Our sense of self is usually associated with our beliefs, perception, community, behavior, and our bodies. A recent study looks into how much that sense of self is linked to our bodies and how that perception changed when pairs of friends swapped bodies, theoretically.
The study by a team of Swedish researchers published their paper in the journal iScience. Using a perceptual illusion, their results suggest that memory and other cognitive functions can change when people's mental concept of themselves doesn't match their physical body. Being placed in another person's body could cause one's memory to become impaired, according to the study.
Pawel Tacikowski, one of the researchers from Karolinska Institutet, shared that waking up in someone else's body was something he liked to imagine as a child. 'Many kids probably have those fantasies, and I guess I've never grown out of it -I just turned it into my job.'
Alongside a team by Henrik Ehrsson and the Brain, Body, and Self Laboratory, pairs were given goggles that showed life feeds of their friend's bodies from a first-person perspective. The illusion of swapping bodies with their friend also included simultaneous touches from both people so they could feel what they saw in the goggles, similar to the four-dimensional movie.
Moreover, the researchers experimented with what their reactions would be if they were threatened with a prop knife as they were in the swapped bodies illusion. They observed that the friend would break out into a sweat out of fear as if it were their own body. Tacikowski shared that body swapping was no longer 'a domain reserved for science fiction movies.'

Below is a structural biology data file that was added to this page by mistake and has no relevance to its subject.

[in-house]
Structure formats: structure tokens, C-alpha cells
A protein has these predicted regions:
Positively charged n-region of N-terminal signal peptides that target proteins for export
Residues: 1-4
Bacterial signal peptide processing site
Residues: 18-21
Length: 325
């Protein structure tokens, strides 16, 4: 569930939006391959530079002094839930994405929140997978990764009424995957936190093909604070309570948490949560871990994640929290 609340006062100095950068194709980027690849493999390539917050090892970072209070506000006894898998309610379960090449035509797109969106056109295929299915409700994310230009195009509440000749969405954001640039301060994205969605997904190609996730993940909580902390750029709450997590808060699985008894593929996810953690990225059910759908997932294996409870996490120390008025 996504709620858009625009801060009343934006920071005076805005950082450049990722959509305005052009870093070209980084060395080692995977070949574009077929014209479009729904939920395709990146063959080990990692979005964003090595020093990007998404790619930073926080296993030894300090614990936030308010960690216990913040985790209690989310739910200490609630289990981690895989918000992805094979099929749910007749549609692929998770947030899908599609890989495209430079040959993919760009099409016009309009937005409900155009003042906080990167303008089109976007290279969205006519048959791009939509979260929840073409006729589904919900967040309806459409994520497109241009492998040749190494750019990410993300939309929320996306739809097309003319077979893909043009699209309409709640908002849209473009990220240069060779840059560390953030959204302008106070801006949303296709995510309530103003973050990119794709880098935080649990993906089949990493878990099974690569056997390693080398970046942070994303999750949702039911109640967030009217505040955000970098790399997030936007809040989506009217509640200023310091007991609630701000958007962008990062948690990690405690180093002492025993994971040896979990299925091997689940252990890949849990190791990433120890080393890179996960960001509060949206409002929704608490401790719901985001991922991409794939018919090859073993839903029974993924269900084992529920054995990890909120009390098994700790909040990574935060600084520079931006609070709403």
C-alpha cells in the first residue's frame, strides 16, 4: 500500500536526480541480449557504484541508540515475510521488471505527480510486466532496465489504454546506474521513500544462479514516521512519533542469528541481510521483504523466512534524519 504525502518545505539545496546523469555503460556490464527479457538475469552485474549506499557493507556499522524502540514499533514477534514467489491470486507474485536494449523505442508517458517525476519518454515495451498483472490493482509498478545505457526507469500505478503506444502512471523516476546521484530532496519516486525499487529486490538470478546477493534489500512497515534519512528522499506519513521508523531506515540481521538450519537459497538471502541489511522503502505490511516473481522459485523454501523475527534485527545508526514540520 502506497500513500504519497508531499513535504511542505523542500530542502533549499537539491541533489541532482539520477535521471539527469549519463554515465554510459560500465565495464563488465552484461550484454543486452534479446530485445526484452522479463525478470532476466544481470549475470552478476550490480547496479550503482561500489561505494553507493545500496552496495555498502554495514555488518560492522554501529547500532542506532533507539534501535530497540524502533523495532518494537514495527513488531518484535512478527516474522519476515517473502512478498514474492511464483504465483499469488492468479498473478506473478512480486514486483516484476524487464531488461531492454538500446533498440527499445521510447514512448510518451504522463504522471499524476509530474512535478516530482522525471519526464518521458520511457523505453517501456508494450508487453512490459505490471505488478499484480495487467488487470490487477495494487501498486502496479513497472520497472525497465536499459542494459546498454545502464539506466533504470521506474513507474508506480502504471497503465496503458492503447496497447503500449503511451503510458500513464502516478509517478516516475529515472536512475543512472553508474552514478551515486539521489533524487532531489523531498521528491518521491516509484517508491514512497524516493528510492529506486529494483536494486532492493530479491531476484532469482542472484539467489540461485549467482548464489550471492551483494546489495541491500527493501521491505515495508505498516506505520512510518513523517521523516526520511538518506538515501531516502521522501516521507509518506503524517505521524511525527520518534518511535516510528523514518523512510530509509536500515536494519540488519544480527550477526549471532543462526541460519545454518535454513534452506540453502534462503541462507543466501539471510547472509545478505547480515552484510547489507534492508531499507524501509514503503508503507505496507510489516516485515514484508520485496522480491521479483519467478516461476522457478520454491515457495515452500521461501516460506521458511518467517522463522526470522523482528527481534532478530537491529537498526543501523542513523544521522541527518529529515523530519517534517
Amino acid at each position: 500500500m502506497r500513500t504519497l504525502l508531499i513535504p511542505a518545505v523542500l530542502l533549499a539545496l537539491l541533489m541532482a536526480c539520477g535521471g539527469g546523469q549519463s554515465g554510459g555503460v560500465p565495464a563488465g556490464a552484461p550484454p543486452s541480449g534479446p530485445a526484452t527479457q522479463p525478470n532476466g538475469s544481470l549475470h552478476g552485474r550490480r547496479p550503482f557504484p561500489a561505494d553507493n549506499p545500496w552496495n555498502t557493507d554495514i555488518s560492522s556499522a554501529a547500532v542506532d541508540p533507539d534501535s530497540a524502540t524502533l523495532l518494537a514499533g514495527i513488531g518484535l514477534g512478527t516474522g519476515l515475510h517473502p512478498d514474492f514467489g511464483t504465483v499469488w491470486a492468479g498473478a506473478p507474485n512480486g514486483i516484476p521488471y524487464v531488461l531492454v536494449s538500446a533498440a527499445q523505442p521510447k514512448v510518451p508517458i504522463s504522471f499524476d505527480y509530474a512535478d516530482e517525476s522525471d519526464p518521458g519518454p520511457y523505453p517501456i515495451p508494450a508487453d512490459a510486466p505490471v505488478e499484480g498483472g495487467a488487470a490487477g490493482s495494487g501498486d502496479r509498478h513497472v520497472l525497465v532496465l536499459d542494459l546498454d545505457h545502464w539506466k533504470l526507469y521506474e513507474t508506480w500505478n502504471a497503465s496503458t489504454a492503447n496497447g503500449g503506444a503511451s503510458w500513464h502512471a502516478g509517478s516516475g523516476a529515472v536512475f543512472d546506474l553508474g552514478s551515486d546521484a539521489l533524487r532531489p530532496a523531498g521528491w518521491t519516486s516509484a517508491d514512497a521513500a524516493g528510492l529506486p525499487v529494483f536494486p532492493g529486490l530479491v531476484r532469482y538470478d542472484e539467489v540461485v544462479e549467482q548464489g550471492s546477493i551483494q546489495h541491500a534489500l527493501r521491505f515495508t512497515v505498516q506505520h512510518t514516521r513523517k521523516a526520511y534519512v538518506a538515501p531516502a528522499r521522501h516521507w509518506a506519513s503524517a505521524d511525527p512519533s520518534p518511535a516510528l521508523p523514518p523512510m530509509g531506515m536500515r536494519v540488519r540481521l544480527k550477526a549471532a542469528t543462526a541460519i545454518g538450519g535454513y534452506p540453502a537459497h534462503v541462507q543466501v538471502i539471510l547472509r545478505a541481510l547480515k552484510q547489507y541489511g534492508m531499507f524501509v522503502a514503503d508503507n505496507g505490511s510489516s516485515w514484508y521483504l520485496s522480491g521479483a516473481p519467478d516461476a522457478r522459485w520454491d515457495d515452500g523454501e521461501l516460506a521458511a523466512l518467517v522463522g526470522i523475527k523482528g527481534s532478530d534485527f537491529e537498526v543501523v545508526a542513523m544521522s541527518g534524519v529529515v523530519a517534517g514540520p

Before the illusion, the pairs of friends rated each other's traits such as personality types, mannerisms, and behaviors. Then, for a brief moment at the beginning of the perceptual illusion, the participants felt as if they had woken up in another body and altered their self-perception significantly. Afterward, they started rating themselves more like their friend whose body they had swapped with.
Memory was also significantly impacted and generally decreased in performance. Tacikowski explained that 'there is a well-established finding that people are better at remembering things that are related to themselves.' Interfering with their self-representation would most likely impair their memory.
The team's theory was correct as the participants scored worse on memory tests after the body swap. Also, there was a significant trend that associated those who fully embraced the body and personality of their friends as their own did better on the tests than those who felt disconnected from their own bodies. The decreased amount of 'self-incoherence,' explained the team, meant that their own mental and physical representations of themselves remained aligned.
The research can be useful to treat psychiatric disorders such as depersonalization disorder and schizophrenia, where people feel a disconnect between their bodies and mind, as well as depression. Tacikowski said that their research shows how 'the self-concept has the potential to change really quickly, which brings us to some potentially interesting practical implications.'
Dealing with disorders like depression involves negative beliefs about one's self. 'If you change this illusion slightly,' said Tacikowski, 'it could potentially make those beliefs less rigid and less negative.' The team hopes that their research can be developed for clinical applications and behavioral treatments.